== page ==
That at that time ye were without Christ, being aliens from the commonwealth of Israel, and strangers from the covenants of promise, having no hope, and without God in the world: Ephesians 2:12
Alien. Stranger. Foreigner.
Those words described the way I felt that crisp fall day in central China some years back, where my family and I were missionaries. We were on a rutted dirt road, muddy from the previous day’s rain. Trash littered the ground and stray dogs ran loose in and out of small shops sniffing at the heaps of garbage. After walking for what felt like hours to my eight year old mind, trying to find the home of an elderly widow who was in need, and not being successful, we were *somewhat* lost and not sure of what to do. As one of us tried to get directions from some of the local people, a crowd quickly gathered around, curiously tugging at our blond hair, wondering over our blue eyes, and asking the usual load of questions.
We were “foreign dolls” to them, and although this was a very commonplace scenario that I was used to, on this day it hit deep – I was a stranger. It didn’t matter that I had grown up there, that I spoke their language, that I knew their culture and ate like they did. I was different.
I eagerly looked forward to our return on furlough to the U.S., but when that happened a few years later, I was disappointed to find that even here, where I didn’t look like a foreigner, I still felt like one with the majority. Not only was I different in that I was multicultural and bilingual, but my beliefs and standards, dress, music, and language were different than most. And it didn’t feel good.
“But now, in Christ Jesus, ye who sometimes were far off are made nigh by the blood of Christ.” (v. 13)
Alien. Stranger. Foreigner.
That’s the place we were in our lives. Dead in trespasses and sins, we were alienated by our own choice from the God who had loved us since before the foundation of the world.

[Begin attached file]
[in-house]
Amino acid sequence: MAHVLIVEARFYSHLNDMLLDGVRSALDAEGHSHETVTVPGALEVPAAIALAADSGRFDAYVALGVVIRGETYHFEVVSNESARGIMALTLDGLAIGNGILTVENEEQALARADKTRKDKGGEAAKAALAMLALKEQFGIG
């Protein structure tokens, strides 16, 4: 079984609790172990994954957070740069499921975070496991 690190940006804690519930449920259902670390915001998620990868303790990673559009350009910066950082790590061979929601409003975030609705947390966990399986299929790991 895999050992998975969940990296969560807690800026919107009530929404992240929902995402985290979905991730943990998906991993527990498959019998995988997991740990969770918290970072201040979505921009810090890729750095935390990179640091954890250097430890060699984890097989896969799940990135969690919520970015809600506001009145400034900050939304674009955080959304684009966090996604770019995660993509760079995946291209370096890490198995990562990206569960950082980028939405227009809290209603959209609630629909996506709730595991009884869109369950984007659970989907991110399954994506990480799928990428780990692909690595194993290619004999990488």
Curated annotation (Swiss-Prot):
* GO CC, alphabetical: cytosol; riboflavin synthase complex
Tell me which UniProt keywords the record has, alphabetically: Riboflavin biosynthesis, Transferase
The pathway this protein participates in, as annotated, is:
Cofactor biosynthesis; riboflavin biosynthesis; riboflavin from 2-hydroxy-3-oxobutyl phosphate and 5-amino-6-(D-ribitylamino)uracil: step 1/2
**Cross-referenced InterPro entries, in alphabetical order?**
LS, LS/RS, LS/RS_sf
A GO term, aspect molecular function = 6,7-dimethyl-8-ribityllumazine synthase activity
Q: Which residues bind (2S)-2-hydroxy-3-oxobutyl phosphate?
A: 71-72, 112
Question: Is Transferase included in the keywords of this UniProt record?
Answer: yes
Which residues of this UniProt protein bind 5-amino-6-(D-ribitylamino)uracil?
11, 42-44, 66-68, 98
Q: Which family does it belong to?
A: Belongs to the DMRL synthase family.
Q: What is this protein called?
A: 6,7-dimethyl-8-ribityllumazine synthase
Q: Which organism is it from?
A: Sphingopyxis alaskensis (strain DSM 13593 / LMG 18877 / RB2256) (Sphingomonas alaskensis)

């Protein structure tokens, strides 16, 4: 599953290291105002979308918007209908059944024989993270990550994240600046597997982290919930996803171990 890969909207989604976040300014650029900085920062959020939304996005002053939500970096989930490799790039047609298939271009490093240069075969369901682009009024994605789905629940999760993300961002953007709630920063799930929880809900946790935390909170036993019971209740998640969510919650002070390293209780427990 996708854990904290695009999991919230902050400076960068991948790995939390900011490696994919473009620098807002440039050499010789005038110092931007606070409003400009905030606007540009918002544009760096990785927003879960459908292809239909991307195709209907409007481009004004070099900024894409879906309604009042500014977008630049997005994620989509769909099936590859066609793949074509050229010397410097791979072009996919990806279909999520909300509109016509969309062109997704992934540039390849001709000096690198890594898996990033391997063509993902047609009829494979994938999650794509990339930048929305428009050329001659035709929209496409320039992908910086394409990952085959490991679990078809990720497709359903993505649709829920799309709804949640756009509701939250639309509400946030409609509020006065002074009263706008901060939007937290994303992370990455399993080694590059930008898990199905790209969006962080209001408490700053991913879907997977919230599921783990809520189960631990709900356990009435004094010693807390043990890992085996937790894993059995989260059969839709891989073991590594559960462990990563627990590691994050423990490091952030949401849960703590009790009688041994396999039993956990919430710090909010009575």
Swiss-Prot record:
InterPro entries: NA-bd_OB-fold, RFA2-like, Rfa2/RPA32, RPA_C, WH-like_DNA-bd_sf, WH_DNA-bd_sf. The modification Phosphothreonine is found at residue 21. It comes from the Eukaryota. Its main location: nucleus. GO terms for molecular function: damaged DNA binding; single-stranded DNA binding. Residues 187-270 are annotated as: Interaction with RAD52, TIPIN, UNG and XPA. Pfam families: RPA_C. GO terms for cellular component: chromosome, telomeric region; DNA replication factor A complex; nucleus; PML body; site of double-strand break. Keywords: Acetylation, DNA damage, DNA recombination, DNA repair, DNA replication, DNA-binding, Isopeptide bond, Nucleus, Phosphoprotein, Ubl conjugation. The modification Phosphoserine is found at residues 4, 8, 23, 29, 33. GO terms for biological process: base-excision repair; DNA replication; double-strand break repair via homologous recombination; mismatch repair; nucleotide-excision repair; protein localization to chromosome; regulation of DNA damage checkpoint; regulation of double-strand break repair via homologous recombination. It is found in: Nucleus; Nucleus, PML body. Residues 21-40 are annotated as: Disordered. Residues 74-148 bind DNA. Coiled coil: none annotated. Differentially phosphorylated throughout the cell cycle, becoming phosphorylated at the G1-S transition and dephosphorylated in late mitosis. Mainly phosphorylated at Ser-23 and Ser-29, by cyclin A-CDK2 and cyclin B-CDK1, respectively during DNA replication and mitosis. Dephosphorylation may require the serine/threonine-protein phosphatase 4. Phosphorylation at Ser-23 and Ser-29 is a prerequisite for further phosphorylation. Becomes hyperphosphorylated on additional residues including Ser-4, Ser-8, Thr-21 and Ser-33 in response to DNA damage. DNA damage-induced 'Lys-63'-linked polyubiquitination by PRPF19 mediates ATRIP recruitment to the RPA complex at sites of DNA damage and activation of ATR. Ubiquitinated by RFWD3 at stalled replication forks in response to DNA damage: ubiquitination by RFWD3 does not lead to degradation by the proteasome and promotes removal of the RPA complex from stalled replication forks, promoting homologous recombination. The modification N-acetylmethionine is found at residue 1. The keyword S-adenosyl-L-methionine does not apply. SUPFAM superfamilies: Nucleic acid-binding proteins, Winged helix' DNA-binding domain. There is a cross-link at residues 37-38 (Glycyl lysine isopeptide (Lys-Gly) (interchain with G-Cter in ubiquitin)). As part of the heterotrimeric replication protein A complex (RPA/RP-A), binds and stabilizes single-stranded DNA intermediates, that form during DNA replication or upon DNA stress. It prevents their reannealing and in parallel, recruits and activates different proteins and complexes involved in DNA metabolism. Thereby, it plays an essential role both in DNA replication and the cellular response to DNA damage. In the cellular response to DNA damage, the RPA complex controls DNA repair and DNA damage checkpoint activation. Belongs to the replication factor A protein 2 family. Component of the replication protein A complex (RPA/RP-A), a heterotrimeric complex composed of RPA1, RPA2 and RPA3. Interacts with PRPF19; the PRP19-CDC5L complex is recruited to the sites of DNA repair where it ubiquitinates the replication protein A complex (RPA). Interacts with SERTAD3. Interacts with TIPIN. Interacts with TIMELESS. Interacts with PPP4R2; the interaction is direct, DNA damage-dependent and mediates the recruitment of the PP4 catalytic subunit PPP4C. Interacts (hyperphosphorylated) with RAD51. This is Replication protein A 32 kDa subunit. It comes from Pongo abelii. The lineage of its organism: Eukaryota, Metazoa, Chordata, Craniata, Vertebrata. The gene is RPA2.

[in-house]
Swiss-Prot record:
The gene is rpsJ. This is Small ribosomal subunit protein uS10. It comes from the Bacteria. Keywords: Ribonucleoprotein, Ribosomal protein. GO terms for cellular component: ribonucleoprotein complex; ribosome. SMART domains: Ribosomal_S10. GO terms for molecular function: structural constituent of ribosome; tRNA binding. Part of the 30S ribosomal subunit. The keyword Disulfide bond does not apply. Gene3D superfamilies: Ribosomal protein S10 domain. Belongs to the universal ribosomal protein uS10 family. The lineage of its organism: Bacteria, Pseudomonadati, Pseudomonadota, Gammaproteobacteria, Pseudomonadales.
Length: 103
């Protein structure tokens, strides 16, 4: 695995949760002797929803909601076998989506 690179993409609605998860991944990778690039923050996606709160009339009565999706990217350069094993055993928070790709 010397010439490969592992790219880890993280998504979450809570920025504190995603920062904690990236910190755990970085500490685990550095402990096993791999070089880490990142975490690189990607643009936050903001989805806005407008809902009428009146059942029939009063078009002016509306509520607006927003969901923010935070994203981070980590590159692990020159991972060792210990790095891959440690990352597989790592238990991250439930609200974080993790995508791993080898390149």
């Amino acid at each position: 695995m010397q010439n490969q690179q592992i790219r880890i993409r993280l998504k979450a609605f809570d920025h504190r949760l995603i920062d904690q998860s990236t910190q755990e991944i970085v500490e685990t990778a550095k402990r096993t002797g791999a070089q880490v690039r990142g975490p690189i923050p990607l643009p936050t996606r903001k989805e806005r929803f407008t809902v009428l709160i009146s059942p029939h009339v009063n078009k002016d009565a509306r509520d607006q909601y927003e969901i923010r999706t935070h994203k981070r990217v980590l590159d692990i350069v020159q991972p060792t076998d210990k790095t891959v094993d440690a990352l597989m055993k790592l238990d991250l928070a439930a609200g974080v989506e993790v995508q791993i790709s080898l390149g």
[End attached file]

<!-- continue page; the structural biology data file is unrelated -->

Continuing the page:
But that’s where the story takes a turn. Jesus, who had unlimited freedom to fellowship and communicate with His Father, chose to be alienated from Him – separated from His Father in the darkest hour, the hour of His deepest agony and pain. Because of us; because of me.
Now therefore ye are no more strangers and foreigners, but fellow citizens with the saints, and of the household of God; (v. 19)
And it doesn’t end there! Through His death and resurrection, Jesus made us to be “nigh by the blood of Christ”. He made us go from beggars to sons and daughters. We went from commoners to royalty; strangers and foreigners to fellowcitizens with the saints, and part of His household. And that is where we find hope.
“But now they desire a better country, that is, an heavenly: wherefore God is not ashamed to be called their God: for he hath prepared for them a city.” (Hebrews 11:16)
So in the last few years, as I realized there is really no place on earth that I can call home, I find that the only true home I have is my heavenly one, and I look with eagerness and excitement for the day when I will arrive there. For the time when all the household of God will have unbroken fellowship with Christ, and there will be no more fears, pain, tears, and suffering. Will you look with me to that day?
~ Charity M.